Perceived slights, suspected territorial encroachments as well as hostile takeovers erupted. Random gunfire amplified everyday ambient noise and chipped scenery when it wasn’t smashing glass or penetrating walls. Needless to say as a consequence of such free fire innocent bystanders became like so much overgrown grass beneath mower blades.

Even during Prohibition’s utmost lawlessness, and later when heroin plagued America, the routine level of mindless violence seldom approached the crack era’s ferocity.

Long before “black lives matter” gained a hashtag, law authorities, goaded by those in the suffering communities, determined a war would need to be prosecuted against all the perpetrators. Not one of those phony crusades we popularly affix a “war” suffix, but a real-live one that slapped more flat feet on the pavement and conveniently reinterpreted – or parsed – our Fourth Amendment.

Given the urgent conditions and their exigent circumstances, we skipped any afterthought, like what happens once the danger is subdued. We just demanded solutions. Ones which would restore prior semblances of order and safety.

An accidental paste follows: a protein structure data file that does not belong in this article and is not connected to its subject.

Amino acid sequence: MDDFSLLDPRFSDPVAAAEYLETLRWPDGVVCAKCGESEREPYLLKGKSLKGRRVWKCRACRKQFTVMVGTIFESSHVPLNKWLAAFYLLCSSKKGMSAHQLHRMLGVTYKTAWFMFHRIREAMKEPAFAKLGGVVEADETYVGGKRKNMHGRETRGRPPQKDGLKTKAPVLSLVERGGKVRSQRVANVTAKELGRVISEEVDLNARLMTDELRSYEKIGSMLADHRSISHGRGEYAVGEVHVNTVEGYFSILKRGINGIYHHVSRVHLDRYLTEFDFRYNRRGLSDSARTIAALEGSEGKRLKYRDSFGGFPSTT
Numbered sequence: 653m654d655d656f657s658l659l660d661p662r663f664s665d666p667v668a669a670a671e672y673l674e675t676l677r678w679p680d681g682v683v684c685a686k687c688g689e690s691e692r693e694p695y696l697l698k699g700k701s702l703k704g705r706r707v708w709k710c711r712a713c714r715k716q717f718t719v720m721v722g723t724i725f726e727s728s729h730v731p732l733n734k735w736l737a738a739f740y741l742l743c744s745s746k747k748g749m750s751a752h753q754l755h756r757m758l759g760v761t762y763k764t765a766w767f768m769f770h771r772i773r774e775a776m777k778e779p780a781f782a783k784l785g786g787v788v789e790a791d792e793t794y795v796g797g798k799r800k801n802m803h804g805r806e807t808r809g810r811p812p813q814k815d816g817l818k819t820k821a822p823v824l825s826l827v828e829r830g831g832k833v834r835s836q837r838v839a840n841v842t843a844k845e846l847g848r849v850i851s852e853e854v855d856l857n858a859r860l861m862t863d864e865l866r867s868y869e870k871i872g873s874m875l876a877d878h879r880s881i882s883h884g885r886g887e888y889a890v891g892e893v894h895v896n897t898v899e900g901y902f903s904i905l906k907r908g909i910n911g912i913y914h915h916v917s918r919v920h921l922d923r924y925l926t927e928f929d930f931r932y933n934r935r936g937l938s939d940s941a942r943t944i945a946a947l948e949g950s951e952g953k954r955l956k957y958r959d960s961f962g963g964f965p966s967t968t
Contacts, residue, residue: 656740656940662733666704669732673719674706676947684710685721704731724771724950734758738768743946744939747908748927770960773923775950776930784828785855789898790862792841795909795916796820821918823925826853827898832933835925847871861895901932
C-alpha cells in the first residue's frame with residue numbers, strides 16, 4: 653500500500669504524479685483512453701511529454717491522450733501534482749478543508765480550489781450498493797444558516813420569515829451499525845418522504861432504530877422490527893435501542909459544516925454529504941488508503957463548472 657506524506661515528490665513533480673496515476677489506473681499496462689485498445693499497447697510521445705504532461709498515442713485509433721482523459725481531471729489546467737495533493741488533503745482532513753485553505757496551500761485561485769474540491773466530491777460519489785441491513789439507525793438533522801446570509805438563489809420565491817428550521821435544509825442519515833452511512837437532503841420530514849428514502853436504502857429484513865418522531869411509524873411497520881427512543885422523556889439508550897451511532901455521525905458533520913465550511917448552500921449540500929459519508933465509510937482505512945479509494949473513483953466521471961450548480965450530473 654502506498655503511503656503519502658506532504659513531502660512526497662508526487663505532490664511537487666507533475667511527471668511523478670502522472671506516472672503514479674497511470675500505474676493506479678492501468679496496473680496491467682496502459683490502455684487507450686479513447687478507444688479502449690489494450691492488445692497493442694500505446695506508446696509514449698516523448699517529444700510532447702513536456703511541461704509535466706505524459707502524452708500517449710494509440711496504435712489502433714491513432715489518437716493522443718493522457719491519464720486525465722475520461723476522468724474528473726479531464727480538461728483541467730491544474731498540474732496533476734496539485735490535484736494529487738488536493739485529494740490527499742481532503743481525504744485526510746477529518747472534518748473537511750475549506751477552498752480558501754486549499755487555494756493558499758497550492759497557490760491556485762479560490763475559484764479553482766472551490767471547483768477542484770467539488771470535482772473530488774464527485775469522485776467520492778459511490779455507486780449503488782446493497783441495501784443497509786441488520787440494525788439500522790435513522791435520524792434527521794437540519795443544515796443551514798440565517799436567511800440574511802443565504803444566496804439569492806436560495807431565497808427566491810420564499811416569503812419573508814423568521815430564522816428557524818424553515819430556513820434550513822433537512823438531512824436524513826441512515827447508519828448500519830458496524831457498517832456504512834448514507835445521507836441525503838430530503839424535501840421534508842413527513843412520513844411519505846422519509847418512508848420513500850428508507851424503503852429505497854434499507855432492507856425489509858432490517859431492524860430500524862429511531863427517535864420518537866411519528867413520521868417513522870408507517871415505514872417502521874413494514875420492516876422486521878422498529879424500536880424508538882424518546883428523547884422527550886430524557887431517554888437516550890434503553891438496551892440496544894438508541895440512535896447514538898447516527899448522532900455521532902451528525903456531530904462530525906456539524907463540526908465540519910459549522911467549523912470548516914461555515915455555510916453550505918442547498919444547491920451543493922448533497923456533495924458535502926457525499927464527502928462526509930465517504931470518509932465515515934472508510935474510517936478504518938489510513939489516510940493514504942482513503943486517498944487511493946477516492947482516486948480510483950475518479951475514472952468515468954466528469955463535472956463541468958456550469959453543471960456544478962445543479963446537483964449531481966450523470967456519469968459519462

In the finest tradition of getting what was asked for, society got it.

Police clamped down. After hurriedly passing well-meaning, well-intended legislation, draconian sentences were imposed upon the malefactors. The nature of the drug assured there wouldn’t be hordes of long-term crack users. So between supply drying up and the buyers dying out, the pestilence retreated.

Unfortunately, once the cure had worked its remedy, the medicine remained in our system.

All that policing which had scoured the streets stayed in place. Despite the emergency having ebbed, the methods persisted. Those limned Fourth Amendment wink-winks hadn’t been rescinded. Indeed those communities which had benefited from legal heavy-handedness now bow under unnecessary measures.

These need revisiting and revising.

If Clinton’s Little Torquemada felt obliged to “read” the candidate, then she ought have focused on today. The here and now. The moment we can affect.